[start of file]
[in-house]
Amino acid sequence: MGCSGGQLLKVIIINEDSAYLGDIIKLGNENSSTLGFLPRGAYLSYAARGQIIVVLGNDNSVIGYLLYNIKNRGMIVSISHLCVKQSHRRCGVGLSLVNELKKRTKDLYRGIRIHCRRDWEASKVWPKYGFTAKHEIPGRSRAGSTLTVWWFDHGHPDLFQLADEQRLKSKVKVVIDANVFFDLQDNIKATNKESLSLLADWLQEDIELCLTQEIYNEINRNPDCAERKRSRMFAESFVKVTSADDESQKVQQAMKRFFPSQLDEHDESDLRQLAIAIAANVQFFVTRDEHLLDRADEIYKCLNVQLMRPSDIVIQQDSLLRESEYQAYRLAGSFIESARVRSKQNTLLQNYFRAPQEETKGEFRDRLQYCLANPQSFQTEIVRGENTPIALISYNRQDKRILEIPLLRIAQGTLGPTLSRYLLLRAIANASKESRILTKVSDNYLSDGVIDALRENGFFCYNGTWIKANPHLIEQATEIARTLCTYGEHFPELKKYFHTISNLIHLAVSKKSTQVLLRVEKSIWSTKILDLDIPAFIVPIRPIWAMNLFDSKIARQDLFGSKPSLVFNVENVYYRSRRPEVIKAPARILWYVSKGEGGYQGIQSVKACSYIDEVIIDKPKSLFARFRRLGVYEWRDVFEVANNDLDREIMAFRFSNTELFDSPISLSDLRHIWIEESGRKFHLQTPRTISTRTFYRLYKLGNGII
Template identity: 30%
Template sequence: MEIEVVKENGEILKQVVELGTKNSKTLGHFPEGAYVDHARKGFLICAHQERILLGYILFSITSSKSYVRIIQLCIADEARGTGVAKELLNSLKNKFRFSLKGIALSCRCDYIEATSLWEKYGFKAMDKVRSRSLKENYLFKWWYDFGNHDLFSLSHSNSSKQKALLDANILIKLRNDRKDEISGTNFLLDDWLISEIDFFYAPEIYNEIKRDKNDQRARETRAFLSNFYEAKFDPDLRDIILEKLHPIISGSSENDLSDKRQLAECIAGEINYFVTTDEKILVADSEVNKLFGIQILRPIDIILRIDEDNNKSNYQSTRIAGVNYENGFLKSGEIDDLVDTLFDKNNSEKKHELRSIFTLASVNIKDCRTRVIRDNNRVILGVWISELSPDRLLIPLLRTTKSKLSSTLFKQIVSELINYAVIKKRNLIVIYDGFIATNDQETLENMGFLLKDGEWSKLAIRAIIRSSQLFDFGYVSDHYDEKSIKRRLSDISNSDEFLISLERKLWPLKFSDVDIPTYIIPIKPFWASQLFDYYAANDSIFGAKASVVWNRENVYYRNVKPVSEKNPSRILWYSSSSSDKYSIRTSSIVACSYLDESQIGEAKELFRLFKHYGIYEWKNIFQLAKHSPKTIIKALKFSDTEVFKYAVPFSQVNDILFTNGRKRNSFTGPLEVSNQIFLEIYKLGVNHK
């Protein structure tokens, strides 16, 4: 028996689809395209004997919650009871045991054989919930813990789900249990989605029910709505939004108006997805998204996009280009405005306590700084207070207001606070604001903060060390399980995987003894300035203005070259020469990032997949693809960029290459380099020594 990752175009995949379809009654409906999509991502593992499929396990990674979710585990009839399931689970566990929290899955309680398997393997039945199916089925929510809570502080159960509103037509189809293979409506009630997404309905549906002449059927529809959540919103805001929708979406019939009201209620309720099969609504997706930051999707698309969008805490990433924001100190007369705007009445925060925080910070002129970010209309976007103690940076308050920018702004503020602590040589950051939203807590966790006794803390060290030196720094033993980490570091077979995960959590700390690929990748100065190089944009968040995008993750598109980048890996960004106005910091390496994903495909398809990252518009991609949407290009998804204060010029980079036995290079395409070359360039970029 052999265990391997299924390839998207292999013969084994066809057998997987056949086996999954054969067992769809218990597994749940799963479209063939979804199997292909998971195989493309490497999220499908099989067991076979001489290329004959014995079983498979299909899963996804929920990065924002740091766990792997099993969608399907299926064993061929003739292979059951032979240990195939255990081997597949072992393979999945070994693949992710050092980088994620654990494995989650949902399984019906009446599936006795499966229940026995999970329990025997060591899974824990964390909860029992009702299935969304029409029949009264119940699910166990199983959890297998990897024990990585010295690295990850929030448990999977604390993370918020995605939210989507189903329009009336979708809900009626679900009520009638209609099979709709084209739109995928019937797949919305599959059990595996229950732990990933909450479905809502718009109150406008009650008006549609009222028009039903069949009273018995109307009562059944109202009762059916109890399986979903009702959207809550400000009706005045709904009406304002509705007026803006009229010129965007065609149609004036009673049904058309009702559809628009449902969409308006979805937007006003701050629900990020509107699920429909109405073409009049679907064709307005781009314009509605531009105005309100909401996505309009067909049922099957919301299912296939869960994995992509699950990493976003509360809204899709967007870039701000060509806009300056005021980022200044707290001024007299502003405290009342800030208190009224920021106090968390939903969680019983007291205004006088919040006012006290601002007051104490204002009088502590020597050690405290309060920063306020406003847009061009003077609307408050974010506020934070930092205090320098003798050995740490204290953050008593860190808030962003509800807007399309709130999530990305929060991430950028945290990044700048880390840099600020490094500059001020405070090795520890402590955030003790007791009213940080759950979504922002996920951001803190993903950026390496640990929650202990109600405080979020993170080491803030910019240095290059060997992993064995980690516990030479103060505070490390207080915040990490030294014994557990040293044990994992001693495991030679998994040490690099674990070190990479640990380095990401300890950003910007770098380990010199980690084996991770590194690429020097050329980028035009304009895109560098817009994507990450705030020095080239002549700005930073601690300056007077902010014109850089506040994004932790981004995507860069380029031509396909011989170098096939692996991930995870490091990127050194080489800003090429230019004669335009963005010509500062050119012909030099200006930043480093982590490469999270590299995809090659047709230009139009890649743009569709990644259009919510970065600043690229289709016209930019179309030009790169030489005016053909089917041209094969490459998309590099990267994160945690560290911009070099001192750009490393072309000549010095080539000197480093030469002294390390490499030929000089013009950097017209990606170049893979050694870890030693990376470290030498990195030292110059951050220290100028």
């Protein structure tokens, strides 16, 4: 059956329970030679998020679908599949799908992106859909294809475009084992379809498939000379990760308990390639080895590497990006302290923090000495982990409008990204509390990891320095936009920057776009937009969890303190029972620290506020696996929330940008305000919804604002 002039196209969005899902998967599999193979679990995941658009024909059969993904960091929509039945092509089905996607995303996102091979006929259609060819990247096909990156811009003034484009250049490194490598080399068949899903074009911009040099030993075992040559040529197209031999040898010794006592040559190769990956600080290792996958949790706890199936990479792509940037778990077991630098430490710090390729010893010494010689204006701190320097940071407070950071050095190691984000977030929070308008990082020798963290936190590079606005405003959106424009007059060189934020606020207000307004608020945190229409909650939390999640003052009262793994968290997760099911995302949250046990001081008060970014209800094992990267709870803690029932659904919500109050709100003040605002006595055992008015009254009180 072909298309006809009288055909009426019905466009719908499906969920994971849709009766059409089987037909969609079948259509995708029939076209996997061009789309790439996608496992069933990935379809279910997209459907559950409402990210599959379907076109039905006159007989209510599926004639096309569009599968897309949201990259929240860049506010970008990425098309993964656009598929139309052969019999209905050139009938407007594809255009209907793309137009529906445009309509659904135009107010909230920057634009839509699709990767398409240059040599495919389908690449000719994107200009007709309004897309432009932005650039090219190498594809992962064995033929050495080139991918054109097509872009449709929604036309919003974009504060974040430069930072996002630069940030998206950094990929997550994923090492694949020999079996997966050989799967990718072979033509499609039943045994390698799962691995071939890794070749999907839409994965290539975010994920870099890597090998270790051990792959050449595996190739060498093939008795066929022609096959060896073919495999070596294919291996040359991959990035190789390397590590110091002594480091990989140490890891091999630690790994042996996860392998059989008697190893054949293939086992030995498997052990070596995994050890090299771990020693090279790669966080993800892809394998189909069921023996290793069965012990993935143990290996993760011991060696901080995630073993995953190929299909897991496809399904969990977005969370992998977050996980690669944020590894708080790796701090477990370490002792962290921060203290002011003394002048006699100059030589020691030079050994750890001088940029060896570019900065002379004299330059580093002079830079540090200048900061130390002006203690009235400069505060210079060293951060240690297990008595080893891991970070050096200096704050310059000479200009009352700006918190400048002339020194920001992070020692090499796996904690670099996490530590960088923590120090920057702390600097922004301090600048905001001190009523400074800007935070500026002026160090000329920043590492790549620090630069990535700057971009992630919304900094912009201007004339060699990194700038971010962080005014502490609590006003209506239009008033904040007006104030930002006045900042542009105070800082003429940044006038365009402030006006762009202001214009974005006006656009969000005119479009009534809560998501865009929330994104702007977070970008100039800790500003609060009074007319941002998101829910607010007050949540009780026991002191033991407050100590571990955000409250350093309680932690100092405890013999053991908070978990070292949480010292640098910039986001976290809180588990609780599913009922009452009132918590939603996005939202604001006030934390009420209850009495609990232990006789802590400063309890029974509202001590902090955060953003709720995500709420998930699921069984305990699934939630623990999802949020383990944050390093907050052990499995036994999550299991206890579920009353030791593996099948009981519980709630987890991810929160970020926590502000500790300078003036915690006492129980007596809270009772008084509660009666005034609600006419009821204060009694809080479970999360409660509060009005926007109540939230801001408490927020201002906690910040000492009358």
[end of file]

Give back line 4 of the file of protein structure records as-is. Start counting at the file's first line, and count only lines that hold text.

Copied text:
Template sequence: MEIEVVKENGEILKQVVELGTKNSKTLGHFPEGAYVDHARKGFLICAHQERILLGYILFSITSSKSYVRIIQLCIADEARGTGVAKELLNSLKNKFRFSLKGIALSCRCDYIEATSLWEKYGFKAMDKVRSRSLKENYLFKWWYDFGNHDLFSLSHSNSSKQKALLDANILIKLRNDRKDEISGTNFLLDDWLISEIDFFYAPEIYNEIKRDKNDQRARETRAFLSNFYEAKFDPDLRDIILEKLHPIISGSSENDLSDKRQLAECIAGEINYFVTTDEKILVADSEVNKLFGIQILRPIDIILRIDEDNNKSNYQSTRIAGVNYENGFLKSGEIDDLVDTLFDKNNSEKKHELRSIFTLASVNIKDCRTRVIRDNNRVILGVWISELSPDRLLIPLLRTTKSKLSSTLFKQIVSELINYAVIKKRNLIVIYDGFIATNDQETLENMGFLLKDGEWSKLAIRAIIRSSQLFDFGYVSDHYDEKSIKRRLSDISNSDEFLISLERKLWPLKFSDVDIPTYIIPIKPFWASQLFDYYAANDSIFGAKASVVWNRENVYYRNVKPVSEKNPSRILWYSSSSSDKYSIRTSSIVACSYLDESQIGEAKELFRLFKHYGIYEWKNIFQLAKHSPKTIIKALKFSDTEVFKYAVPFSQVNDILFTNGRKRNSFTGPLEVSNQIFLEIYKLGVNHK